Nanoparticles were coated with a special layer, which "disintegrated" in different ways when exposed to different combinations of signals. A signal here is the interaction of nanoparticles with a particular substance. For example, to implement the logical operation "AND" a spherical nanoparticle was coated with a layer of molecules, which held a layer of spheres of a smaller diameter around it. The molecules holding the outer shell were of two types, each type reacting only to a particular signal; when in contact with two different substances small spheres separated from the surface of a nanoparticleof a larger diameter. Removing the outer layer exposed the active parts of the inner particle, and it was then able to interact with its target. Thus, the team obtained one signal in response to two signals.

For bonding nanoparticles, the researchers selected antibodies. This also distinguishes their project from a number of previous studies in biocomputing, which used DNA or RNA for logical operations. These natural proteins of the immune system have a small active region, which responds only to certain molecules; the body uses the high selectivity of antibodies to recognize and neutralize bacteria and other pathogens.

Making sure that the combination of different types of nanoparticles and antibodies makes it possible to implement various kinds of logical operations, the researchers showed that cancer cells can be specifically targeted as well. The team obtained not simply nanoparticles that can bind to certain types of cells, but particles that look for target cells when both of two different conditions are met, or when two different molecules are present or absent. This additional control may come in handy for more accurate destruction of cancer cells with minimal impact on healthy tissues and organs.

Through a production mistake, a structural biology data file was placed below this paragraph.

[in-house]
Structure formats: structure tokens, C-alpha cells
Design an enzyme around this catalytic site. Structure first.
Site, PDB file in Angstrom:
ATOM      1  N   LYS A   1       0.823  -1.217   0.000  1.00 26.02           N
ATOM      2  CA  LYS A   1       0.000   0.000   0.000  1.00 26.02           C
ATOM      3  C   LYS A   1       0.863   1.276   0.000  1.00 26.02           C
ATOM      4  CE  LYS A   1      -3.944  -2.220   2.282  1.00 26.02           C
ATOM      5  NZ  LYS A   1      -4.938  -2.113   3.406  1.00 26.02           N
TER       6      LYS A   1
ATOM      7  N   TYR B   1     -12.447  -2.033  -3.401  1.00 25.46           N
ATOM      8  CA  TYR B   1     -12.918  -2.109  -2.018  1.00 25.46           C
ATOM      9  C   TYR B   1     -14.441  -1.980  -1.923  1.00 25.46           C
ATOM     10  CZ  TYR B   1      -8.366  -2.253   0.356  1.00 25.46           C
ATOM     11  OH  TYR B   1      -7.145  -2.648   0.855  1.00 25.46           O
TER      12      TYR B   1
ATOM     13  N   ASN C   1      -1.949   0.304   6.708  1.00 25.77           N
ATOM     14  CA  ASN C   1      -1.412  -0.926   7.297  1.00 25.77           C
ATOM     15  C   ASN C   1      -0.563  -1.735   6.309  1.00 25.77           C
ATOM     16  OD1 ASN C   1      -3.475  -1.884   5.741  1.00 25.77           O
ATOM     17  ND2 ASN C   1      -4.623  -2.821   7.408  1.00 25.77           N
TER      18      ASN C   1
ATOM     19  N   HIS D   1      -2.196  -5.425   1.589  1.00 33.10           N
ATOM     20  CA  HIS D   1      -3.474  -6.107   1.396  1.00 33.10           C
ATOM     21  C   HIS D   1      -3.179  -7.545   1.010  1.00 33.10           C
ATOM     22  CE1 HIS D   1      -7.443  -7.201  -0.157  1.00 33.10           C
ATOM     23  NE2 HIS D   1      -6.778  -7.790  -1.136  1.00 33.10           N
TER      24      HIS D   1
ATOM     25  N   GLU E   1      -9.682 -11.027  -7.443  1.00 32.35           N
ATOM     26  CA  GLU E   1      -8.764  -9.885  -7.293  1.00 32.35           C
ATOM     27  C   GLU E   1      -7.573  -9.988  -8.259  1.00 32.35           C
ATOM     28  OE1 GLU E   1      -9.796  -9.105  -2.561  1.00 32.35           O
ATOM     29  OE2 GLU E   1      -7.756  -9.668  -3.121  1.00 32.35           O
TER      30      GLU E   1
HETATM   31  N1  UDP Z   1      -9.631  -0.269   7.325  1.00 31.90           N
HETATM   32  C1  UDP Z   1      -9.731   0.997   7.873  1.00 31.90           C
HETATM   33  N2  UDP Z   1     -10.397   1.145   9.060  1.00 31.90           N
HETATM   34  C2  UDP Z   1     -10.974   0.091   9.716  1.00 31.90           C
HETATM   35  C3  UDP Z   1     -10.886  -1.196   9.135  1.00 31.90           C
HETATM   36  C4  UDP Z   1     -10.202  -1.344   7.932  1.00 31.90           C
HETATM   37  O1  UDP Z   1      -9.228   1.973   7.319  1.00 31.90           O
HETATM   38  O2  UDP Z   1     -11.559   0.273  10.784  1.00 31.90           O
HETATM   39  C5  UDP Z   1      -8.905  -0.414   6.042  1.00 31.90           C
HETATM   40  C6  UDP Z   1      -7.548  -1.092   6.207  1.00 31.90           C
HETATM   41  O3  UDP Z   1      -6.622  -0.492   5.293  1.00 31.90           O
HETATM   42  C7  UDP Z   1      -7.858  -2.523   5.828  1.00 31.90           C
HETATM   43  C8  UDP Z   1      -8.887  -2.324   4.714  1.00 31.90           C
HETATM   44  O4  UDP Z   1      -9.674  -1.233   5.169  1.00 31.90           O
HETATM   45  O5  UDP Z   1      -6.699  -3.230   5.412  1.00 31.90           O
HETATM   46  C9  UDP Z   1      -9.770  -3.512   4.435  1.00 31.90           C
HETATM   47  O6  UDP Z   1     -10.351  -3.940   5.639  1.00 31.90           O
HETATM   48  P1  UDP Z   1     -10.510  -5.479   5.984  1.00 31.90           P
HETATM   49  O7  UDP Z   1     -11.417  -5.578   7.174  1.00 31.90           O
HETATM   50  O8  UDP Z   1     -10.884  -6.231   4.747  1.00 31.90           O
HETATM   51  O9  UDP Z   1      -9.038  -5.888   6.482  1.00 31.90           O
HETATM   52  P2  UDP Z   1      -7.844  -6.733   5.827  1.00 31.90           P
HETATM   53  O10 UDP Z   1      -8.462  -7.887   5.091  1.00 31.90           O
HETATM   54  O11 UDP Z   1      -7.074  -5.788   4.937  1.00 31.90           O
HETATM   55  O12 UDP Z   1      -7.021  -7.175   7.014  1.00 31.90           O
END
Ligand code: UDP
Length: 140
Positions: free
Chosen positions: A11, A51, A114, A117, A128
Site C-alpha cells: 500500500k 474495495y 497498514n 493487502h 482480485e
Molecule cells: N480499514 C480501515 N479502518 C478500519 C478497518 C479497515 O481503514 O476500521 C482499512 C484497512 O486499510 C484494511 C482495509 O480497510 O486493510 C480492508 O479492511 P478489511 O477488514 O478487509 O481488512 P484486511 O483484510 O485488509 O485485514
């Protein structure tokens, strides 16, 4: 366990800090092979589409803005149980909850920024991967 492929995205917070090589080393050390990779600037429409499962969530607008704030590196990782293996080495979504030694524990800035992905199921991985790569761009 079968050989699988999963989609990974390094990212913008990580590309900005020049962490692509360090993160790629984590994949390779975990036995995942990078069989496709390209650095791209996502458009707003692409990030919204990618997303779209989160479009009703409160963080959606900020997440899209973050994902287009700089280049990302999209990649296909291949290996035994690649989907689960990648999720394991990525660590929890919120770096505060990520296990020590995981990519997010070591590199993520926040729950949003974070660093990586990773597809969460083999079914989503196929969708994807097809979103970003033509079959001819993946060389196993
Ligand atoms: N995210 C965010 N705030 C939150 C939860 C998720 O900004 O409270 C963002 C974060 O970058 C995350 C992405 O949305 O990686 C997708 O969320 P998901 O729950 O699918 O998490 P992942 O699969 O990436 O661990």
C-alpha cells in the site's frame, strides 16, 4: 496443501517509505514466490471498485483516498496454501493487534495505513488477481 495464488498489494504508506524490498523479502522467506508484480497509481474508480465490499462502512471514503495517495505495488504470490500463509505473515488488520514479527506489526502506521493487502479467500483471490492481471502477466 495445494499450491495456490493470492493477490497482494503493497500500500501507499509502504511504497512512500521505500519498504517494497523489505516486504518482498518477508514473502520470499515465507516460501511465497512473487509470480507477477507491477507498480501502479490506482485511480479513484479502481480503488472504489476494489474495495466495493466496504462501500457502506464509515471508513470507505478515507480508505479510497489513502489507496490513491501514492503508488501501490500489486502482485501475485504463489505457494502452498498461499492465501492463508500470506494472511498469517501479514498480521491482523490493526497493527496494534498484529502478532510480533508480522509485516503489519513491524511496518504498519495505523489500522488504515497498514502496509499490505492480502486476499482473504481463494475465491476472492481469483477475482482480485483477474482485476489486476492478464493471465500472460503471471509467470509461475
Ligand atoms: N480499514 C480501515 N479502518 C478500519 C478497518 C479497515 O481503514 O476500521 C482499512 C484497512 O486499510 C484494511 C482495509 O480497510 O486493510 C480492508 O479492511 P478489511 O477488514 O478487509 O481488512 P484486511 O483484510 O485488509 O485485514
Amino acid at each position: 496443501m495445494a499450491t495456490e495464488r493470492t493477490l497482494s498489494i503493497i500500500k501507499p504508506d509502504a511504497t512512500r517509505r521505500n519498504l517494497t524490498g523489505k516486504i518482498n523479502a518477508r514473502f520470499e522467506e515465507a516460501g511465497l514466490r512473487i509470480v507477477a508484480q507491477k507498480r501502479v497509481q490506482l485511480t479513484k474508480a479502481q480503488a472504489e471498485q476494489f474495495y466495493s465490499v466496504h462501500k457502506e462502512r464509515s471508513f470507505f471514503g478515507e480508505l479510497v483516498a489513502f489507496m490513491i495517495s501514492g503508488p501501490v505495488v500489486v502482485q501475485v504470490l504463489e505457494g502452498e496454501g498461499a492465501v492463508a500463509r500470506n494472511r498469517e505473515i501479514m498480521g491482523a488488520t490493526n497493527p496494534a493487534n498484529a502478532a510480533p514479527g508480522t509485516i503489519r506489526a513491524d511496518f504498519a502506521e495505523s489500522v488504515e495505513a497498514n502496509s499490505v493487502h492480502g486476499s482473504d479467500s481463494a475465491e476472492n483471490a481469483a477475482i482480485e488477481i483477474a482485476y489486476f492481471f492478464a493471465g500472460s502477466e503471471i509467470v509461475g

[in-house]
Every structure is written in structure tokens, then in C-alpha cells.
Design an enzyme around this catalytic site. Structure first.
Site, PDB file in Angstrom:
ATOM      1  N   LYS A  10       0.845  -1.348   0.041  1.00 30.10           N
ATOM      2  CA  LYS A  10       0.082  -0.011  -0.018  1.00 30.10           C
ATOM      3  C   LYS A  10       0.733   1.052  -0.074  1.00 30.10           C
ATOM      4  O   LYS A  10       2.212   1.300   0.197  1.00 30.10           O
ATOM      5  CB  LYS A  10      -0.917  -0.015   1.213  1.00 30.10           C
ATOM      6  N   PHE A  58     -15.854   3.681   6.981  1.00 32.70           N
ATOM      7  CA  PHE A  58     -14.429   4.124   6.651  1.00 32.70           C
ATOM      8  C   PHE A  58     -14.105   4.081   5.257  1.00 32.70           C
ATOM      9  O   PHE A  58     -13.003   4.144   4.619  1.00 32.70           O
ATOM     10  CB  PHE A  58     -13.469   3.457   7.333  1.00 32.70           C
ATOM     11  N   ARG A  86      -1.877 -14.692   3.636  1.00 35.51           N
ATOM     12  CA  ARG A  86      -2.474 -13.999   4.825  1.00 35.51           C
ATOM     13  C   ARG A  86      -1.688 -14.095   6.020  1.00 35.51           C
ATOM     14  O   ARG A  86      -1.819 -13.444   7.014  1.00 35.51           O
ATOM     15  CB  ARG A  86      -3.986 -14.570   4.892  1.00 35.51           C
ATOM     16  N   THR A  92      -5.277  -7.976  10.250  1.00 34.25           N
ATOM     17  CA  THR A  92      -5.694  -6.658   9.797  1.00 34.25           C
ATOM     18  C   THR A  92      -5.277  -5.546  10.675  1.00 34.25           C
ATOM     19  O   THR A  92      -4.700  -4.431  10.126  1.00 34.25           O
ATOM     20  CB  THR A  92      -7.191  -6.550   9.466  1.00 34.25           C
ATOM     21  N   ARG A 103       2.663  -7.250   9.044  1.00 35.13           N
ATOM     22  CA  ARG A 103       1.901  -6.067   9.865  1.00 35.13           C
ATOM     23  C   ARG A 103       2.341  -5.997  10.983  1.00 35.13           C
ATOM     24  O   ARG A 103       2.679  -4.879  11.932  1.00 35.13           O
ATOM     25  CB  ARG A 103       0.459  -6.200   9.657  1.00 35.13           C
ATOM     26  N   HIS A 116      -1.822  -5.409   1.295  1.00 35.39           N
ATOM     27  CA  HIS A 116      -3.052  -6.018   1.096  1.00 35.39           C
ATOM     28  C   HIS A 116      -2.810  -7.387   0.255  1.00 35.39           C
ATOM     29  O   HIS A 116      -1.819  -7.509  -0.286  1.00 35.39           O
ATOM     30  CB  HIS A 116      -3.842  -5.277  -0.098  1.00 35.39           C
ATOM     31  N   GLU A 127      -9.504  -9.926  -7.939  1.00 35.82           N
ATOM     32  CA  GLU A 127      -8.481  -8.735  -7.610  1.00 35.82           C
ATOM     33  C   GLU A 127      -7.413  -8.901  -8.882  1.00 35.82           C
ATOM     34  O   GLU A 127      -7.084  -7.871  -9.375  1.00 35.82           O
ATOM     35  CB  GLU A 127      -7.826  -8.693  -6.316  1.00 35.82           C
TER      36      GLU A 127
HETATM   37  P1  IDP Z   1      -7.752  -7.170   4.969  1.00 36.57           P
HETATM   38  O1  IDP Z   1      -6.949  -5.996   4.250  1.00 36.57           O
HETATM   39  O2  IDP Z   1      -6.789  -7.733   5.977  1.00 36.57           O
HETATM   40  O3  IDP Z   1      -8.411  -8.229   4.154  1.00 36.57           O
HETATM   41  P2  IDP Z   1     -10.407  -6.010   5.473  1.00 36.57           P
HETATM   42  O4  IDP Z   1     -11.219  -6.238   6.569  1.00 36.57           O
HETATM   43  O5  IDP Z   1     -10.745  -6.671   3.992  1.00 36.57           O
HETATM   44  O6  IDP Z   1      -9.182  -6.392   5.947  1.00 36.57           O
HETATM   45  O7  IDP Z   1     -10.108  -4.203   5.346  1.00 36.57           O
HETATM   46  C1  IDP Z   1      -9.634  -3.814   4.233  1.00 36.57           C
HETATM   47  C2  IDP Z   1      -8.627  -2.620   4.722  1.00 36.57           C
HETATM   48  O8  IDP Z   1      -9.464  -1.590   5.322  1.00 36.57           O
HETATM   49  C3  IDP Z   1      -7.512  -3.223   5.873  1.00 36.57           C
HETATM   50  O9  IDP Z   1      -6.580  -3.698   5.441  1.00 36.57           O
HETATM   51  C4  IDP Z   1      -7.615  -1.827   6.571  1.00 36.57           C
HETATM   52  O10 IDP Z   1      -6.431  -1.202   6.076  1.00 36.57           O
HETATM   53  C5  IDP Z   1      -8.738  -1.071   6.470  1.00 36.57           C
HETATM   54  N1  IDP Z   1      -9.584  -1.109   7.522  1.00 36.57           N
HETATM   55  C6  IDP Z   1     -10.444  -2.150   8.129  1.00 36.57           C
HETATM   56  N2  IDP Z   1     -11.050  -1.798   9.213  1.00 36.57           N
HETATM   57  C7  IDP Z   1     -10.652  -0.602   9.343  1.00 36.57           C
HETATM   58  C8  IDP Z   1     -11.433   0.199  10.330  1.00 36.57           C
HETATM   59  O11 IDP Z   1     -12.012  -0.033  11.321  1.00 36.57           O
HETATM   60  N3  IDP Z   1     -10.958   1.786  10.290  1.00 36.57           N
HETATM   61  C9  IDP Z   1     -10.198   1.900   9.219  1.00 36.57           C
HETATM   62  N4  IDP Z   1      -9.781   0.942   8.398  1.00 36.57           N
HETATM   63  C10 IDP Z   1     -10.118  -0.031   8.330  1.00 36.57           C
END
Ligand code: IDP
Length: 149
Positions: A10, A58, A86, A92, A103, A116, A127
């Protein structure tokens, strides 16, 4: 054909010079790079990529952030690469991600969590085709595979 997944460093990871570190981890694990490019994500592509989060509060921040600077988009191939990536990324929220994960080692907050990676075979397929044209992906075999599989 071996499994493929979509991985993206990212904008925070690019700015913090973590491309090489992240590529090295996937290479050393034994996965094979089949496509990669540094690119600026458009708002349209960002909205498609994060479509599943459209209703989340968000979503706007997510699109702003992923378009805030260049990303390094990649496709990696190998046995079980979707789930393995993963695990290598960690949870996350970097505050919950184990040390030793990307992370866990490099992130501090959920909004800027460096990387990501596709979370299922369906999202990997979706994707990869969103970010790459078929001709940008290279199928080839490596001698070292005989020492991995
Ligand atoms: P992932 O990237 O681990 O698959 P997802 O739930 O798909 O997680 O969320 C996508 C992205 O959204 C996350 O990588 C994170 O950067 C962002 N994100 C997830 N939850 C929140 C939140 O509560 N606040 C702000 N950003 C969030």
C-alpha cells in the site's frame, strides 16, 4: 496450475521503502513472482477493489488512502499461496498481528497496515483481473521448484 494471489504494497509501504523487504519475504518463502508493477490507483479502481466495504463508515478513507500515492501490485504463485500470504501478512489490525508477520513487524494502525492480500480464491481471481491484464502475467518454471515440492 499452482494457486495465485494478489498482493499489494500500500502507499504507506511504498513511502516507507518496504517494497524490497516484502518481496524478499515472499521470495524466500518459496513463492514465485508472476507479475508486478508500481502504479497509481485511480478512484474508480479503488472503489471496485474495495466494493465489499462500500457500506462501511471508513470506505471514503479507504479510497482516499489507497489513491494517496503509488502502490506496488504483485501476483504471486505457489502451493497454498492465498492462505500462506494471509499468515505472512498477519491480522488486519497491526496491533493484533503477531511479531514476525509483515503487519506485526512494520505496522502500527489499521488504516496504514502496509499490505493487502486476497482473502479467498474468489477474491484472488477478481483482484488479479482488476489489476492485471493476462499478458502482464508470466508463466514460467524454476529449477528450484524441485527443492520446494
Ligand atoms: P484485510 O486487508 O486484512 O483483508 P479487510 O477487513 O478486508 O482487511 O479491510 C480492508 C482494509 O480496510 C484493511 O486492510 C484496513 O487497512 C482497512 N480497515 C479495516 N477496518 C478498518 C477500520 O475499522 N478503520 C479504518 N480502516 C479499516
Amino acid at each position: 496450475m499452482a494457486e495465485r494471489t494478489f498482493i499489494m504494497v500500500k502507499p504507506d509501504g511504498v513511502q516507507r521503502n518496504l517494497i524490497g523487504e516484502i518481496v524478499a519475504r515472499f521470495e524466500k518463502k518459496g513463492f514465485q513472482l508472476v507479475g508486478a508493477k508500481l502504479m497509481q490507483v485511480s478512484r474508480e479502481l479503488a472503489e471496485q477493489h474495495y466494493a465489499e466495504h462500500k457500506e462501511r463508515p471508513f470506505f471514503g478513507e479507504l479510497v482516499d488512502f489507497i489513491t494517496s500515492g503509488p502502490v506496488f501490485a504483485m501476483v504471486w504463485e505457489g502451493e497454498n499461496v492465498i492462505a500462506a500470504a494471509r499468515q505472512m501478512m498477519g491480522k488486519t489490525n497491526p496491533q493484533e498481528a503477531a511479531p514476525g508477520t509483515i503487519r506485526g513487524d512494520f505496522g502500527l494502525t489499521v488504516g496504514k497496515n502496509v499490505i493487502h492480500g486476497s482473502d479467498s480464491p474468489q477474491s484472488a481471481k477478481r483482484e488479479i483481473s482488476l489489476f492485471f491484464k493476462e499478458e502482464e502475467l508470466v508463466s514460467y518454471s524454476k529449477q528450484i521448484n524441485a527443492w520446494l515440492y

Maxim Nikitin said that although this is just as mall step towards creating efficient nanobiorobots, this area of science is very interesting and opens up great vistas for further research, if one draws an analogy between the first works in the creation of nanobiocomputers and the creation of the first diodes and transistors, which resulted in the rapid development of electronic computers.

The new work was published on the website of the journal Nature Nanotechnology, one of the most authoritative scientific publications in the world. It is considered the leading publication by Impact Factor in nanoscience and nanotechnology.

Maxim Nikitin developed the approach and the scheme of experiments and carried them out with Victoria Shipunova (a post-graduate student at the Institute of Bioorganic Chemistry of the Russian Academy of Sciences and a 2013 graduate of MIPT's Department of Biological and Medical Physics). Sergey Deyev (the Institute of Bioorganic Chemistry and the University of Nizhny Novgorod, a graduate of Moscow State University), Petr Nikitin (Institute of General Physics of the Russian Academy of Sciences, a1979 graduate of MIPT's Department of Problems of Physics and Energetics) and Maxim Nikitin processed the results of the experiments and wrote the article.

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Contacts:
Alexandra O. Borissova

7-926-376-1175

Copyright © Moscow Institute of Physics and Technology